The first advance of Sibley's army arrived in Franklin, Texas, in mid-December. Hoping to gain foreign recognition for the Confederacy and to forestall any attempt by Union forces to cross Mexico, Sibley sent Colonel Reily of the 4th Texas on a diplomatic mission to the Mexican states of Sonora and Chihuahua. Lieutenant Colonel William R. Scurry assumed command of the regiment in Reily's absence. Reily bid his men farewell on Christmas Day in a camp just north of the Mexican border. Sibley's army had entered New Mexico Territory. Moving north up the Río Grande, the 4th Texas established a camp above Fort Thorn, 70-miles from Fort Craig.
The 4th Texas’ first skirmish was on Sunday, 16 February through Thursday, 20 February 1862 at Fort Craig, New Mexico Territory. On the night of 20 February, approximately 150 mules, used to pull supply wagons, were carelessly allowed to run off toward the Rio Grande looking for water.
The Battle of Val Verde was on Friday, 21 February 1862, the Confederates defeated the Union forces led by Colonel Edward R. S. Canby. Among the Union troops was the First New Mexico Volunteer Regiment, led by Colonel Christopher "Kit" Carson. Losses were about equal on each side. The Confederates failed to take Fort Craig. The unit marched onward and on Friday, 28 March 1862, the Confederates defeated the Union forces in the Battle of Glorietta Pass. Union reinforcements had come from the Colorado territory. These men were mostly miners, and were called "Pike's Peakers." When their supply train was destroyed, the Confederates were forced to retreat to Santa Fe.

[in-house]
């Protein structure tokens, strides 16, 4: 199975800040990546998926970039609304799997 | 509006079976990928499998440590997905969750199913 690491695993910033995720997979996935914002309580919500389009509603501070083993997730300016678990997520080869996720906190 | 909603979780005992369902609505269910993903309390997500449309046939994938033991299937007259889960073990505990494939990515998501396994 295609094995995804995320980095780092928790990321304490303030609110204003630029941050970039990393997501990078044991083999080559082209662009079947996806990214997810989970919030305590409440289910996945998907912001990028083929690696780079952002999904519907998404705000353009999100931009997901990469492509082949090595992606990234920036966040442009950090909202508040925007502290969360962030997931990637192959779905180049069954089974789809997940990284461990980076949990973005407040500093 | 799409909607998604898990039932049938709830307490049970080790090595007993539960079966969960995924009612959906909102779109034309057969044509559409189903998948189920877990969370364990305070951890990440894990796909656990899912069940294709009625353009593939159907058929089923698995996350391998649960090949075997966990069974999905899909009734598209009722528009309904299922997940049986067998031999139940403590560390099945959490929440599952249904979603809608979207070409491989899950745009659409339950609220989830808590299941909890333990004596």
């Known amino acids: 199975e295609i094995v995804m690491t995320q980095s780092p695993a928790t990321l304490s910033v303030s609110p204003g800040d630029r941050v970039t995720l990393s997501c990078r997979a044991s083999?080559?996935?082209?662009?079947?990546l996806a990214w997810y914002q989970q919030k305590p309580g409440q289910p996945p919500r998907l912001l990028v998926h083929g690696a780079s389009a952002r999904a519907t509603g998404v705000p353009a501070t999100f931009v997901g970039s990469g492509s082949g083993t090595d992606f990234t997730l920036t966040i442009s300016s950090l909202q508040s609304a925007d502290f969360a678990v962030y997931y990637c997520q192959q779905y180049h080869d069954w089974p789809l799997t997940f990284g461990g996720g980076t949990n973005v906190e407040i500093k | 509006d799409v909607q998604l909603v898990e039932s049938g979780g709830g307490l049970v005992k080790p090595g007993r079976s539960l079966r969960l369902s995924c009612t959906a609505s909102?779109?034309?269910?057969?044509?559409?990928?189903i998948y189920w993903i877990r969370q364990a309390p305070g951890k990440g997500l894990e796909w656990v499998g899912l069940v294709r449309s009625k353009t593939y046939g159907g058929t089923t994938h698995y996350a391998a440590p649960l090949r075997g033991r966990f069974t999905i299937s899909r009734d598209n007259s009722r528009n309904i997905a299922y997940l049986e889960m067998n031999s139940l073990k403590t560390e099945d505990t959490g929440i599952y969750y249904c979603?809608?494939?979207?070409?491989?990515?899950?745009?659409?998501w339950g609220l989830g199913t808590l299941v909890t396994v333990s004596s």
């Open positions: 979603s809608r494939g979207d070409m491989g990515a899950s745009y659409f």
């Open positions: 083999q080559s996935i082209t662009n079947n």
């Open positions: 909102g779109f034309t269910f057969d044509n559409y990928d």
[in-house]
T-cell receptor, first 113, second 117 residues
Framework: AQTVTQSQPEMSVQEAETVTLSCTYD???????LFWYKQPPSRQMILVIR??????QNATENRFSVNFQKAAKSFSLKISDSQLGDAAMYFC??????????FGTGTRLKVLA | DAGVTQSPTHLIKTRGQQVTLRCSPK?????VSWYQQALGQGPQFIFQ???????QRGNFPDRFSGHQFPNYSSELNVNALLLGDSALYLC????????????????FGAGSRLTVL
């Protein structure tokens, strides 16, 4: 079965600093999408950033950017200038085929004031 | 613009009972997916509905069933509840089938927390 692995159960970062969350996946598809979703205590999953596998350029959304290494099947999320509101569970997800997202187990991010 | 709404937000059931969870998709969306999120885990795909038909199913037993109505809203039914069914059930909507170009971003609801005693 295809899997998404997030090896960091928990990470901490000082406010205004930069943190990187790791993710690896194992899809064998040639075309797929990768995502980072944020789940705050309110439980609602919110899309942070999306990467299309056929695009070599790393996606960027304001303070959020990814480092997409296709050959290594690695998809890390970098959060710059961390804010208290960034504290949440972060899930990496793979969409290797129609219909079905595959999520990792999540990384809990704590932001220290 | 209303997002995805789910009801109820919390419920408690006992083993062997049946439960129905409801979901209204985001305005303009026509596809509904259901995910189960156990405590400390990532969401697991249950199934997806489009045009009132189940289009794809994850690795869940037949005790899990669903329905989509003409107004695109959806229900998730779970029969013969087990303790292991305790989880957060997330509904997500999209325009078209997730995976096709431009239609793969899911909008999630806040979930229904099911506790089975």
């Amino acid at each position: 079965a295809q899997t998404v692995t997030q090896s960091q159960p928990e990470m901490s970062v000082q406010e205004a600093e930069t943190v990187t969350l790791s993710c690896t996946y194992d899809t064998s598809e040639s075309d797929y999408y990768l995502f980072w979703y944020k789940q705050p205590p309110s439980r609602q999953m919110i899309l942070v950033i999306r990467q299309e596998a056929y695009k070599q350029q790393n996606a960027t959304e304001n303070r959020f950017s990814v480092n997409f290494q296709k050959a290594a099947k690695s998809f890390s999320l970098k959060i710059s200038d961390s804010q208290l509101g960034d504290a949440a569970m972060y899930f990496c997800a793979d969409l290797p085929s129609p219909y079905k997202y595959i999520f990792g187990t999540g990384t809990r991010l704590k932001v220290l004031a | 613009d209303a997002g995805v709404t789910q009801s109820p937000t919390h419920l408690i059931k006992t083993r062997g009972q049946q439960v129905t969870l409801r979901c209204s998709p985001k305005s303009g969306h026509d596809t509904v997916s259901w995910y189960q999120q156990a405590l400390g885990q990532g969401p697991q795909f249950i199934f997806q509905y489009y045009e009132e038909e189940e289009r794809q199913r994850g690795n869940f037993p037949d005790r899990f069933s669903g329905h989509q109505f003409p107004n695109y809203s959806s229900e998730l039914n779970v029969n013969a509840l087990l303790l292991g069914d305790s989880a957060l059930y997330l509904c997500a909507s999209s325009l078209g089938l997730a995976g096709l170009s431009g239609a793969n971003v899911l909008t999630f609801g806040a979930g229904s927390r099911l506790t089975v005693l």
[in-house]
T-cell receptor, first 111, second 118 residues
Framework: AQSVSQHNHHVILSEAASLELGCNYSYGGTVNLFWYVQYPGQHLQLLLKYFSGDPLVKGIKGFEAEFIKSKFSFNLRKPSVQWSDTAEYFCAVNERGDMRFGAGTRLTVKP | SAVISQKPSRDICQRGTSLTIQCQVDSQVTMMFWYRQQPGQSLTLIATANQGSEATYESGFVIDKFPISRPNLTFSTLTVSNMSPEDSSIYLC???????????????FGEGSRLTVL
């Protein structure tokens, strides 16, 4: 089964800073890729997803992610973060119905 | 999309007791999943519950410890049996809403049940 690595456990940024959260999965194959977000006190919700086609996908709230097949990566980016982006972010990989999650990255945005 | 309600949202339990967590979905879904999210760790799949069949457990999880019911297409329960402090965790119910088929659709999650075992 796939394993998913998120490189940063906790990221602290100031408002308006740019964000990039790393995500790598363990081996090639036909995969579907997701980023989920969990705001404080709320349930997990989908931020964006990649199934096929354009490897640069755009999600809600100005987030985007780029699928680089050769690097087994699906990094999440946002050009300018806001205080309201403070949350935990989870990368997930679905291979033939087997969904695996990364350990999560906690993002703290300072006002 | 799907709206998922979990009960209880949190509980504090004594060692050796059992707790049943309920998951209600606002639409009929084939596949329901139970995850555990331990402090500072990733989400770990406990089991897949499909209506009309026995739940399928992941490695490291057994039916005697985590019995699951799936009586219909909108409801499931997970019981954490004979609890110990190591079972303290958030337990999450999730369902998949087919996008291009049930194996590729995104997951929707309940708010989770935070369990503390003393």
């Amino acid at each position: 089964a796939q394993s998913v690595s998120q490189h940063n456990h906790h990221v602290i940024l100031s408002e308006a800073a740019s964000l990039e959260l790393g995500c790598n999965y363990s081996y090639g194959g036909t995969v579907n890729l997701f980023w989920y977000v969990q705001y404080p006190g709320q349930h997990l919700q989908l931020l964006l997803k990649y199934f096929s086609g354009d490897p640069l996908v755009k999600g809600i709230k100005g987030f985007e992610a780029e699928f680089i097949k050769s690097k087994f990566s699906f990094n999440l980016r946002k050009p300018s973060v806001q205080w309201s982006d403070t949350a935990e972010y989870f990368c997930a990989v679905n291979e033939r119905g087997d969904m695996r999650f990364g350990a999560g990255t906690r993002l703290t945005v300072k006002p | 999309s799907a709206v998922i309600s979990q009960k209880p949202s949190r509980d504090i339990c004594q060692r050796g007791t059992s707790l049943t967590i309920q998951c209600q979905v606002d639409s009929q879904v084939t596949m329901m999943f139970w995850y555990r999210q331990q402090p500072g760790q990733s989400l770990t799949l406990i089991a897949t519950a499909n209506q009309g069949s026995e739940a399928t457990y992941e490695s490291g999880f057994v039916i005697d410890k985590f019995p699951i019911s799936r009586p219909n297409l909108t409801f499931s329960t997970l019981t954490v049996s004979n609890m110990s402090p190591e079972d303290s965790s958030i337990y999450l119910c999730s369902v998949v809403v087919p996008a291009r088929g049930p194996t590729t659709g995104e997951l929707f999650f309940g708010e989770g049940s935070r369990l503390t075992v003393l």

Company E was commanded by Captain Charles Buckholts, who was killed at the Battle of Glorietta Pass on Friday, 28 March 1862 and the town of Buckholts in Milam County, Texas was named in his honor.
The New Mexico Campaign ended in May 1862 when a lack of supplies caused Sibley's Brigade to withdraw toward San Antonio.
This mounted infantry unit was originally assigned to Sibley's Brigade and was surrendered by General E. K. Smith, commanding the Trans-Mississippi Dept., on Friday, 26 May 1865. During the war, the 4th Texas Cavalry lost 76 men killed, 186 wounded, 136 died of disease, and 910 horses killed.
To learn more about the Battle of Val Verde, Battle of Gloreita Pass, Sibley Campaign or the 4th Texas Cavalry, please refer to the Handbook of Texas in print form or on-line at http://www.tsha.utexas.edu/handbook/online/search.html.
Research and re-typed to be placed on-line here by Lynna Kay Shuffield, Oran M. Roberts Chapter 440, United Daughters of the Confederacy®
Created on 20 Aug 2003 and last revised on 14 Mar 2007